'12 Angry Men' is an outstanding film. It is proof that, for a film to be great, it does not need extensive scenery, elaborate costumes or expensive special effects - just superlative acting. The twelve angry men are the twelve jurors of a murder case. An eighteen-year-old boy from a slum background is accused of stabbing his father to death and faces the electric chair if convicted. Eleven of the men believe the boy to be guilty; only one (Henry Fonda) has doubts. Can he manage to convince the others? The court case provides only a framework, however. The film's greatness lies in its bringing-together of twelve different men who have never met each other before and the interaction of their characters as each man brings his own background and life experiences into the case. Thus, we have the hesitant football coach (Martin Balsam), the shy, uncertain bank clerk (John Fiedler), the aggressive call company director (Lee J. Cobb), the authoritative broker (E.G. Marshall), the self-conscious slum dweller (Jack Klugman), the solid, dependable painter (Edward Binns), the selfish salesman (Jack Warden), the calm, collected architect (Fonda), the thoughtful, observant older man (Joseph Sweeney), the racially bigoted garage owner (Ed Begley), the East European watchmaker (George Voskovec) and the beefcake advertising agent (Robert Webber) who has plenty of chat and little else. Almost the entire film takes place in just one room, the jury room, where the men have retired to consider their verdict. The viewer finds him or herself sweating it out with the jury as the heat rises, literally and metaphorically, among the men as they make their way towards their final verdict. Interestingly, the jurors (apart from two at the end) are never named. They do not need to be. Their characters speak for them. Henry Fonda is eminently suitable and excellently believable as the dissenter who brings home the importance of a jury's duty to examine evidence thoroughly and without prejudice. Joseph Sweeney is delightful as Juror No. 9, the quiet but shrewd old man who misses nothing, whilst E.G. Marshall brings his usual firmness and authority to the role of Juror No. 4. All the actors shine but perhaps the best performance is that of Lee J. Cobb as Juror No. 3, the hard, stubborn, aggressive, vindictive avenger who is reduced to breaking down when forced to confront the failure of his relationship with his own son. Several of the stars of '12 Angry Men' became household names. Henry Fonda continued his distinguished career until his death in 1982, as well as fathering Jane and Peter. Lee J. Cobb landed the major role of Judge Henry Garth in 'The Virginian'. E.G. Marshall enjoyed a long, reputable career on film and t.v., including playing Joseph P. Kennedy in the 'Kennedy' mini-series. Jack Klugman was 'Quincy' whilst John Fiedler voiced Piglet in the 'Winnie The Pooh' films and cartoons. Of the twelve, only John Fiedler, Jack Klugman and Jack Warden* are still alive. Although around the eighty mark, they are all still acting. The film was still available on video last year and it is shown on t.v. fairly frequently. I cannot recommend it too highly! (*John Fiedler died June 2005. Jack Warden died July 2006.)
I watched this film for the first time, when it was shown at about 1 o'clock in the morning. I made an effort to see it as it is rated as one of the best movies ever made, however I must admit that I watched it with a sense of reluctance as I'm not a great one for old "classics". This film blew me away however; how ignorant can I be about old films? How many other pre-1960s gems are there out there that I haven't seen? What strikes me most about this film is how progressive it is for its day. Indeed the issues this film makes about American society of the 1950s, still ring true for western society today. This film concerns twelve jurors debating the sentence of an 18 year old Puerto Rican boy who on the face of it, has no real alibi. However one man, played brilliantly by Henry Fonda, is ill-at ease putting a young boy to death without even debating his case, much to the despair of the other jurors. What follows is a brilliant piece of film making, slowly revealing many of the juror's complex characters to the audience as they react to Fonda's concerns with their own mix of metal scars, prejudices and insecurities. What especially struck me about this film is how ordinary most of the characters are, none of the jurors are shown to be especially bad men, indeed most are portrayed as honest everyman type people. The use of ordinary characters is the films master-stroke because as one by one they begin to question their initial instincts, the flaws of society that have let this Puerto Rican boy down are presented to the audience. Tragically it appears that many of the issues that were beginning to be discussed in the 1950s have only got worse. For me there is one immortal comment in this film: one of the jurors, a man in his 50s says that the youths of today have no respect and have changed so much for the worse since his day. How ironic is it that some grumpy old men of today who may not even of have been born when this films was made, still say exactly the same thing? Finally a quick look at the cast shows that Fonda aside many of the cast were only moderately successful after this film. I think that's a shame as everyone of these actors is excellent and plays their part in making it one of the best films of all time. However within the cast there are a couple of treats; look out for Jack Klugman (Quincy) and John Fieldler who is the voice of many of Disney's characters such as Piglet. I urge you all, if you have not yet seen this film, please do so now.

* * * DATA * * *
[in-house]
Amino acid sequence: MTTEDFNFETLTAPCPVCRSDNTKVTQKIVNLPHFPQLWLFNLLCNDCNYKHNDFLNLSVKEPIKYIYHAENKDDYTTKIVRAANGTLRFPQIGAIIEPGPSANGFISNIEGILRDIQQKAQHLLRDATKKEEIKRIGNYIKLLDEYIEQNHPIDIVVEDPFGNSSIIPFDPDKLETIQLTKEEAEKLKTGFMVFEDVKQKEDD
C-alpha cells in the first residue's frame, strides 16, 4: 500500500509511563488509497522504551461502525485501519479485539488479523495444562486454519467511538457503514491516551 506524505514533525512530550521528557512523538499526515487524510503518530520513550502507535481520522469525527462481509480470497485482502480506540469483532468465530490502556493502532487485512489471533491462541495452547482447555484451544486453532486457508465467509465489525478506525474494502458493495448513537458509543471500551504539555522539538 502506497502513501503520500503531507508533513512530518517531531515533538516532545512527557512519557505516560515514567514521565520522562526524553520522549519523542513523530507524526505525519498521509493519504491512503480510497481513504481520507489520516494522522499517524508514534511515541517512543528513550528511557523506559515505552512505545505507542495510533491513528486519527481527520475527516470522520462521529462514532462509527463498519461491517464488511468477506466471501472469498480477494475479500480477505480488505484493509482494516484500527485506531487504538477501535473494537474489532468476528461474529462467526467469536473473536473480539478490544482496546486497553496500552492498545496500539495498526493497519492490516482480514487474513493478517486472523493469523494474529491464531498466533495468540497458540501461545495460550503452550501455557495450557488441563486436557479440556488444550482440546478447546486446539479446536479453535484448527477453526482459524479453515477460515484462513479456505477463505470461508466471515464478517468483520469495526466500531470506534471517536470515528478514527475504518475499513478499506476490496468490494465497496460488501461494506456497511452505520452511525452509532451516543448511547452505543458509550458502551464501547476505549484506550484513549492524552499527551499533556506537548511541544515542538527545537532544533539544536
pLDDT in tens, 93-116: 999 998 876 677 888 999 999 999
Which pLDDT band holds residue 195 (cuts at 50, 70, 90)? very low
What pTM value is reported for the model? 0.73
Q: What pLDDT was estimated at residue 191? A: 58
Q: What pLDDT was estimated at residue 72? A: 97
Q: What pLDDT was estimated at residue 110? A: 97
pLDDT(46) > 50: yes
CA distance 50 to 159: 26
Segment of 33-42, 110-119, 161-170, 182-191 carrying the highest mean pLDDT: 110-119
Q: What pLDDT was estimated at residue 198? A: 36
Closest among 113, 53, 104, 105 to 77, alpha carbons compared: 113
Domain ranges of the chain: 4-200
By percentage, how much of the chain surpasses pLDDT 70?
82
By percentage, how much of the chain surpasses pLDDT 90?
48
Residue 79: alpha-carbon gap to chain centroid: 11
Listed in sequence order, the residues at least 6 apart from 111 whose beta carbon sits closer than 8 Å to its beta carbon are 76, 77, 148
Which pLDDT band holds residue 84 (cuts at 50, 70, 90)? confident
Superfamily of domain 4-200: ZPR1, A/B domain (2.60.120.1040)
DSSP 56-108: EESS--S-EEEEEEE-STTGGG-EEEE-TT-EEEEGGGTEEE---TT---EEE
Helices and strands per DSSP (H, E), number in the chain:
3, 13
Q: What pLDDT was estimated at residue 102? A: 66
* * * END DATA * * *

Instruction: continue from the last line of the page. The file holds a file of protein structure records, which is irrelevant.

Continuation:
This once-in-a-generation masterpiece simply has no equal. The late 90's TV remake was quite adequate though totally unnecessary and in the upshot proved simply that updating a film for updating's sake is really an exercise in futility. Even had it BEEN as good - so what? There could be few, if ANY film-goers reading this who are unaware of the plotline and in any event many others have re-hashed this for you. The brilliance of the film is evident in so many aspects. To begin with, the ability to not only sustain interest but to command the viewer's attention for basically its entire running time within a setting of principally just one room, borders on the inspired. Whether or not that would actually work with TODAY'S audiences is another discussion! What we have here are twelve everyday Mr Joe Blows, summoned together on a jury panel to decide a defendant's guilt or innocence with regards to a murder charge. If you were to gather unto yourselves ANY twelve jurors at random, you would most likely be able to pinpoint the Henry Fonda, Lee Cobb, E. G. Marshall, Jack Warden etc etc amongst them! Their very "ordinariness" is where the film succeeded. Everyone can identify with at least ONE of those characters. Whether or not he may WANT to is a different matter. The thinker, the sensitive man, the arrogant bully, the opportunist, the mentally challenged loudmouth, the slimeball, the emotionally withdrawn, the sheep etc - they're all here! Welcome to society folks! I dislike society in the main - doubtless a reason I found this film to be such a revelation..even when I was barely into my teens! 12 ANGRY MEN also pinpoints the shortcomings of the law, how "truth" can be so intrinsically left-field and unintentionally flawed. Lumet, working within a minimal budget here, delivers unstinting brilliance in both direction, character portrayal and script interpretation. He had of course superb acting talent at his disposal although some of the most memorable performances are from the lesser players. Some have denounced Fonda's role as being acceptable rather than awesome. I think however he was to a great degree playing himself here, not to an audience. His, is a study in deliberation and logic not show-pony stuff, but hell that never WAS Fonda was it? This is a great great movie, as is evidenced by the extremely high user-vote worldwide. IF you haven't seen it - you really should do something about that!